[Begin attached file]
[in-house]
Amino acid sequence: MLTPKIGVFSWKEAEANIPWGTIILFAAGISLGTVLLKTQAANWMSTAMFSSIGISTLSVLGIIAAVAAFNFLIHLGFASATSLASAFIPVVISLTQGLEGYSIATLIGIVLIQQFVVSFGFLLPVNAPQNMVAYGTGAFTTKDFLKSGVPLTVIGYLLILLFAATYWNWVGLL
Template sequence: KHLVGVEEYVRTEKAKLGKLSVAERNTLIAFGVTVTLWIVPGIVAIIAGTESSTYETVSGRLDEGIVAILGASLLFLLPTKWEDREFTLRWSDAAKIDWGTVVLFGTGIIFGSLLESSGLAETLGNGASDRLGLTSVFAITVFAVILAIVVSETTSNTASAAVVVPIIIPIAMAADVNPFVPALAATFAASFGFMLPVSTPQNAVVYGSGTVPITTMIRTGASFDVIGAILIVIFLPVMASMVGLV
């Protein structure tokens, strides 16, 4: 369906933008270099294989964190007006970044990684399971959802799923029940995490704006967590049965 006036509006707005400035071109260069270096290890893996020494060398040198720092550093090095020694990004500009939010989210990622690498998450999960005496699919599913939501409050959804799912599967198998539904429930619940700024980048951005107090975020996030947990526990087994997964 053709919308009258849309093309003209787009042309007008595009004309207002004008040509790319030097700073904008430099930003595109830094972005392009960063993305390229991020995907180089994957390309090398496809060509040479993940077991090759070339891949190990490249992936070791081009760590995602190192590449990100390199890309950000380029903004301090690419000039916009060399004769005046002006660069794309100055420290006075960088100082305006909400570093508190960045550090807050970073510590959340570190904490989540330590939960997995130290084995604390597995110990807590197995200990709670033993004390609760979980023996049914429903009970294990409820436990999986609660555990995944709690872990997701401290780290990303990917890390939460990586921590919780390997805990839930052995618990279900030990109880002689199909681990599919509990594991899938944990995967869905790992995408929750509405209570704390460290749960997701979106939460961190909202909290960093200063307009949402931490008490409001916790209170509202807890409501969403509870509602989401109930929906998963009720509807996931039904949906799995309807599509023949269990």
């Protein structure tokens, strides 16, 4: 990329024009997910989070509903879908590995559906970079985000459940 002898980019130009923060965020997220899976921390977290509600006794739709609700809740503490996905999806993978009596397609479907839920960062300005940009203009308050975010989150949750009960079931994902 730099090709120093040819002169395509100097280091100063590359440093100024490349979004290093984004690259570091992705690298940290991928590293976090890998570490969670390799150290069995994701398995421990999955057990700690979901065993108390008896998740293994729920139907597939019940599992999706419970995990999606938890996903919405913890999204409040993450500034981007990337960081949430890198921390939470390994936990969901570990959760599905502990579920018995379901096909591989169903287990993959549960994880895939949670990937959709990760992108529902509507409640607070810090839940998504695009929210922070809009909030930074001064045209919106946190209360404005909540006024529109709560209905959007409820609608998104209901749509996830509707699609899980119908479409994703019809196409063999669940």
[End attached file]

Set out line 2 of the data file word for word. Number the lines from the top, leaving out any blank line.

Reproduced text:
Amino acid sequence: MLTPKIGVFSWKEAEANIPWGTIILFAAGISLGTVLLKTQAANWMSTAMFSSIGISTLSVLGIIAAVAAFNFLIHLGFASATSLASAFIPVVISLTQGLEGYSIATLIGIVLIQQFVVSFGFLLPVNAPQNMVAYGTGAFTTKDFLKSGVPLTVIGYLLILLFAATYWNWVGLL